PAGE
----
"Together we are tackling this disease, and I want to reassure you that if we remain united and resolute, then we will overcome it," the Queen said. " I hope in the years to come everyone will be able to take pride in how they responded to this challenge."

She thanked those who were staying at home and following social distancing rules, as well as frontline workers and medical staff.

Contrast in the US: Trump's praise of the Queen comes as the US struggles with its own outbreak, and as the President faces sharp criticism for his handling of the crisis.

He has sent mixed messages to the public over the past month, offering misleading information on testing, ventilator supply, and the pandemic's timeline.

Trump has also contradicted medical and scientific experts on his own White House task force, and urged the economy to resume operations by Easter -- which is this coming weekend.

"We have to open this country up," he said last week -- even as doctors warn the nation will see a massive spike in cases if Americans return to crowded workplaces or events.

4:42 a.m. ET, April 6, 2020

Colombian president calls for solidarity with Venezuelan migrants during coronavirus outbreak

From CNNE’s Daniel Silva Fernandez in Miami and Hira Humayun in Atlanta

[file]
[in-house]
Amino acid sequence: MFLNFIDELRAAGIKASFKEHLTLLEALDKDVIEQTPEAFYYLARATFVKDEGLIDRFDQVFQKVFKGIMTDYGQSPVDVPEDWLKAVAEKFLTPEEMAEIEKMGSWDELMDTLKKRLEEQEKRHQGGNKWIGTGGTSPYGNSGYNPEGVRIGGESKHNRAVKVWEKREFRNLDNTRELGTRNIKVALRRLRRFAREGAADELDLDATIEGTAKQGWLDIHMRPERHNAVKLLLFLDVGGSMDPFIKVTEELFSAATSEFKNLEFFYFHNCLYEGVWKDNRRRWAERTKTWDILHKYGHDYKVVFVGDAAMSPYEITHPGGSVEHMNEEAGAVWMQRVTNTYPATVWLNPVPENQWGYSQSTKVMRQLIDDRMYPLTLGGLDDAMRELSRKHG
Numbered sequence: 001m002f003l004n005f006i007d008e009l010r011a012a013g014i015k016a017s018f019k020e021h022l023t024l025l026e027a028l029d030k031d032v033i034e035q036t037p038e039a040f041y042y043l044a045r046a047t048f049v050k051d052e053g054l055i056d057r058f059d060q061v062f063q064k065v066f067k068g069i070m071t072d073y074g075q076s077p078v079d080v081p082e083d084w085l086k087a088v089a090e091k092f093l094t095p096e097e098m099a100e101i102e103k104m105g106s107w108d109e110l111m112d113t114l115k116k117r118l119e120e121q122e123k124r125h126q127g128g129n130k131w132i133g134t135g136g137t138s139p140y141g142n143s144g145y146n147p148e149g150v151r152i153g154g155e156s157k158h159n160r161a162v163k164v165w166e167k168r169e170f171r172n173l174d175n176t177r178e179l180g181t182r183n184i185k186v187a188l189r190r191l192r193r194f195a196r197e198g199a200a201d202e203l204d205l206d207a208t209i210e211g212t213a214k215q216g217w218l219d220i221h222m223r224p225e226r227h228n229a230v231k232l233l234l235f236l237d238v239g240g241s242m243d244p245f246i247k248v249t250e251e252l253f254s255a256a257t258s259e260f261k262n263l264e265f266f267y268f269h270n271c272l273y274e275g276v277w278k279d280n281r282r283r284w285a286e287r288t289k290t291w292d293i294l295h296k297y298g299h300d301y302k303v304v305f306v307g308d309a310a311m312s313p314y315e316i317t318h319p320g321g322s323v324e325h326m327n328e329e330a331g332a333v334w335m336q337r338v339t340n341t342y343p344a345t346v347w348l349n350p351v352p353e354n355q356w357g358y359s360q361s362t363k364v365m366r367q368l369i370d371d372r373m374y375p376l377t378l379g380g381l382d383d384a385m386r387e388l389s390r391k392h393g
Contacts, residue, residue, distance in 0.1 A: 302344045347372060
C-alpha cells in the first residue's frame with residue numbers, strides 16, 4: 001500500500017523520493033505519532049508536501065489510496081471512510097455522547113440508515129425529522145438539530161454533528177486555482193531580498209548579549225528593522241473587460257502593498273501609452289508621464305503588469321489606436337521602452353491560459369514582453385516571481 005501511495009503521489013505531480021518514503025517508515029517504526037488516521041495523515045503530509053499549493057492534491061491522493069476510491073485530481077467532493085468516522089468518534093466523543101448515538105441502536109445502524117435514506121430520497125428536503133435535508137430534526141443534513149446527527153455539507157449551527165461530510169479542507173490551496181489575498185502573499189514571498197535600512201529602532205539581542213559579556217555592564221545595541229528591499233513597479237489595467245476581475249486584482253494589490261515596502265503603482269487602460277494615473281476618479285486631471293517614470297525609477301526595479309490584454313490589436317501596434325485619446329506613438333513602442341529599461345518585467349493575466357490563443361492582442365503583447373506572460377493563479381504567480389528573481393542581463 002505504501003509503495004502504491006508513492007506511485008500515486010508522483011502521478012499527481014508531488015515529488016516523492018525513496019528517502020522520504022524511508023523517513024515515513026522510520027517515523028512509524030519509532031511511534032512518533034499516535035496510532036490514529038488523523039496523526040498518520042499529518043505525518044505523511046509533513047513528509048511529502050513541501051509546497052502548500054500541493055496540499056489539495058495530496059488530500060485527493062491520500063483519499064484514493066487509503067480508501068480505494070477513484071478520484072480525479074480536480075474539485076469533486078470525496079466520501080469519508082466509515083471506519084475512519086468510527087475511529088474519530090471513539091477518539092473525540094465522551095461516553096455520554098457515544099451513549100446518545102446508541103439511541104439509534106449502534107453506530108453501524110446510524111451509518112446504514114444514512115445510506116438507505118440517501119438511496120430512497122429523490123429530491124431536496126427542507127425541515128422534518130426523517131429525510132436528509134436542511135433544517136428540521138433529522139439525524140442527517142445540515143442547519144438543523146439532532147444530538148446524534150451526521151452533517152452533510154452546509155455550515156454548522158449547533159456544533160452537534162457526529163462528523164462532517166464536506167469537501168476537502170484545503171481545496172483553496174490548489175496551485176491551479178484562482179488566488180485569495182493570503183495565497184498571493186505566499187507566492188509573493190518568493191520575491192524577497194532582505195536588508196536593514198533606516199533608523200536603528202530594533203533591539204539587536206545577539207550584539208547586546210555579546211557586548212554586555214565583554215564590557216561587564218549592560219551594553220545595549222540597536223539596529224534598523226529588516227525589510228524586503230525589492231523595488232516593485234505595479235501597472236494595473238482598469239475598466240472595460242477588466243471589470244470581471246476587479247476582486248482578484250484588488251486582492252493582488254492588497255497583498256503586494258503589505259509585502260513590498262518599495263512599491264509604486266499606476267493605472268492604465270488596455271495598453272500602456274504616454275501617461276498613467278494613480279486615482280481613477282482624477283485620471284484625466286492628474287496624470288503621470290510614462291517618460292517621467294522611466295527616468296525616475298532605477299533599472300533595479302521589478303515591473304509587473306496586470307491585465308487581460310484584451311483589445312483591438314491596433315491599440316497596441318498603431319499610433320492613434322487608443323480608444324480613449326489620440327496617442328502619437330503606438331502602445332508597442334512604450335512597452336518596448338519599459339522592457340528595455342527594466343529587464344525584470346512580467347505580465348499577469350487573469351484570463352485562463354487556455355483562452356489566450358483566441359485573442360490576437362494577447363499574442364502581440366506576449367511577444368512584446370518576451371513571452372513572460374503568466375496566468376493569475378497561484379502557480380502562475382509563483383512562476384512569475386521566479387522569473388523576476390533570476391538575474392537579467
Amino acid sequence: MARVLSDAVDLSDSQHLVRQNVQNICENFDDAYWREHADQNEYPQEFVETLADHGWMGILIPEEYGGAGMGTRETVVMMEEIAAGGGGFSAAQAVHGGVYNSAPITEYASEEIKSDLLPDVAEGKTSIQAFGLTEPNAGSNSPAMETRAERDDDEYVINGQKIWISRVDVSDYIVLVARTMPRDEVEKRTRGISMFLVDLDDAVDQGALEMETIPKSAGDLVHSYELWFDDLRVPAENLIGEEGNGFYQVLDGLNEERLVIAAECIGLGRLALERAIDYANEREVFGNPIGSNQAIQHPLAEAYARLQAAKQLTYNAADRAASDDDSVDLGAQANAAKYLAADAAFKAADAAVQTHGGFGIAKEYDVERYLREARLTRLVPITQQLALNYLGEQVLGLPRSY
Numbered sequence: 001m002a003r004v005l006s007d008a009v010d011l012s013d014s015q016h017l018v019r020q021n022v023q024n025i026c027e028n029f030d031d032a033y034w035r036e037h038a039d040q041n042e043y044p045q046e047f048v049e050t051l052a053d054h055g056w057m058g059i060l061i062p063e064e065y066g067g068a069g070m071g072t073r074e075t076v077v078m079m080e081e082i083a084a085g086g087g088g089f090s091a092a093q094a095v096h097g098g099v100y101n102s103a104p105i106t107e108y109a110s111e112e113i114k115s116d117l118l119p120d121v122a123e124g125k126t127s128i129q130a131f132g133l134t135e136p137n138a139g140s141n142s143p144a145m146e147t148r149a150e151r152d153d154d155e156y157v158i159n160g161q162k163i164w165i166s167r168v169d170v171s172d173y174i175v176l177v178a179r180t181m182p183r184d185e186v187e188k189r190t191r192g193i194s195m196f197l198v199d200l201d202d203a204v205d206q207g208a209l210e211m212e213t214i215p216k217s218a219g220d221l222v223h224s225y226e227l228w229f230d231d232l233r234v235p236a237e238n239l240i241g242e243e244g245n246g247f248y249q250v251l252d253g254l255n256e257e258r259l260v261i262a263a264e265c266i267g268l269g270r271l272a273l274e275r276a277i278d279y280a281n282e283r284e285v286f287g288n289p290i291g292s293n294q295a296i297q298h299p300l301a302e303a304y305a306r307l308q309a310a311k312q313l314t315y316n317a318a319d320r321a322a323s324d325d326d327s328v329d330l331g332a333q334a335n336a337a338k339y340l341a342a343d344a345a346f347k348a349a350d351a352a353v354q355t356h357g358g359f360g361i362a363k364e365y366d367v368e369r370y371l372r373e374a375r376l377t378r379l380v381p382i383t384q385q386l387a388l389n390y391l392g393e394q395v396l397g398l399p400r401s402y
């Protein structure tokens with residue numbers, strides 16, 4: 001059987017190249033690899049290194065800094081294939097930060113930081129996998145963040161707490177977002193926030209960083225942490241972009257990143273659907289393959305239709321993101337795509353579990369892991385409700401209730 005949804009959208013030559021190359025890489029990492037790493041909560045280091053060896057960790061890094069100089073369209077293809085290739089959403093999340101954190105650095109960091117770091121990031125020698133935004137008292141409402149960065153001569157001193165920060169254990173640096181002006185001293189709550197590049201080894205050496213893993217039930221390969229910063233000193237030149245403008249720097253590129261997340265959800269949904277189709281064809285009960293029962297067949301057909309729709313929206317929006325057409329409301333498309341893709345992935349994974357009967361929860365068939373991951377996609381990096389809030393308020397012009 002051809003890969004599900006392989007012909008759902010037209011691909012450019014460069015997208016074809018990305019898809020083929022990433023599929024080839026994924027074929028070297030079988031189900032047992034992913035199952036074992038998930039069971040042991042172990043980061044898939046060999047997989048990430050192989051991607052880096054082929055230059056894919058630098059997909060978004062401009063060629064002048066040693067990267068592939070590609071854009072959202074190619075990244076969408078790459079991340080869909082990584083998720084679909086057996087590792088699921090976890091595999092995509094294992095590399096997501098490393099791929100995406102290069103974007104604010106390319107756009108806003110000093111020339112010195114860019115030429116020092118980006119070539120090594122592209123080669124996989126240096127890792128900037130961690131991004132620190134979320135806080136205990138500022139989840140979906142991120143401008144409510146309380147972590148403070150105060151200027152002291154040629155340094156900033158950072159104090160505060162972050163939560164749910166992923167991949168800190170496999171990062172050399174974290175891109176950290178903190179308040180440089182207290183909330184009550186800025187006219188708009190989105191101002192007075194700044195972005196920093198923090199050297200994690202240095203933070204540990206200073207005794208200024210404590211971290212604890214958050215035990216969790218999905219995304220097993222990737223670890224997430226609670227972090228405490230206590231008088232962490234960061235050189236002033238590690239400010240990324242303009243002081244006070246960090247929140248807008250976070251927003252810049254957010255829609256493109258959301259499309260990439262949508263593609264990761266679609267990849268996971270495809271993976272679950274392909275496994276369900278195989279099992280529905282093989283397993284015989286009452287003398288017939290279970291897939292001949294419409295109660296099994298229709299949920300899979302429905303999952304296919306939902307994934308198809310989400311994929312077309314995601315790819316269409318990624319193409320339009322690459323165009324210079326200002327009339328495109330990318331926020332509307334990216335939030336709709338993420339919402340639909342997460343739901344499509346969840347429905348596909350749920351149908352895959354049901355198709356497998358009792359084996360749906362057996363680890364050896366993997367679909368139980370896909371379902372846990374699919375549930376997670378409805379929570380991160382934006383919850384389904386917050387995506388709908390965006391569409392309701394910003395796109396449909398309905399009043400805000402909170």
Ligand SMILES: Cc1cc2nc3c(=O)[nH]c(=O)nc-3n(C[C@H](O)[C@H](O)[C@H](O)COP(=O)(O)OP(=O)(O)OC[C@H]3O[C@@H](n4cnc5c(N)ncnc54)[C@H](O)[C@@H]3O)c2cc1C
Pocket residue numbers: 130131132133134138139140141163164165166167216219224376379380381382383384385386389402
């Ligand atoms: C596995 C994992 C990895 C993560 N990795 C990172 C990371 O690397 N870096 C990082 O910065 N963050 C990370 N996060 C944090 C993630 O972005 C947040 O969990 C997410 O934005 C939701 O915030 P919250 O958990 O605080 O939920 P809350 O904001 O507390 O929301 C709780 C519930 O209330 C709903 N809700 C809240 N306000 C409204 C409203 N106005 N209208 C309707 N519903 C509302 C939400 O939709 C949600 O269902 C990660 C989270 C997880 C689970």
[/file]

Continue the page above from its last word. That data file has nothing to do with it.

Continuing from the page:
Colombian President Ivan Duque Marquez speaks during the American Israel Public Affairs Committee policy conference, in Washington on March 2.
Colombian President Ivan Duque Marquez speaks during the American Israel Public Affairs Committee policy conference, in Washington on March 2. Mark Wilson/Getty Images

Colombian President Ivan Duque called for solidarity and support for more than a million Venezuelan migrants who have been hit hard by the impacts of coronavirus, during a Facebook Live session on Sunday.

About 600 Venezuelan citizens crossed the Colombian border into Venezuela on Saturday, according to Migracion Colombia, Colombia’s Immigration Authority. They were received by officials from the Administrative Service of Identification, Migration and Immigration of Venezuela. 

Colombia’s quarantine measures during the outbreak have left many Venezuelan citizens in the country without a source of income.

Duque said Colombia will help the migrants despite the difficulties caused by the outbreak, "especially those with the most vulnerable conditions, being able to receive food and some protection at this time."

He said the government would continue making progress in food aid and protection programs to help the nearly 1.7 million displaced Venezuelans.

9:22 a.m. ET, April 6, 2020

Coronavirus cases in Switzerland continue to rise

From CNN's Stephanie Halasz

Swiss personnel help move a coronavirus patient at the Pourtales Hospital in Neuchatel, Switzerland, on March 25.
Swiss personnel help move a coronavirus patient at the Pourtales Hospital in Neuchatel, Switzerland, on March 25. Fabrice Coffrini/AFP/Getty Images

Switzerland reported 822 more cases of coronavirus on Sunday, bringing the national total to 21,100, according to the Swiss Federal Office for Health.

At least 559 people have died from the virus.

The Swiss authority said that there are 246 cases per 100,000 inhabitants.

“Switzerland now has one of the highest incidences (246/100,000) in Europe,” said a statement on the health authority's website.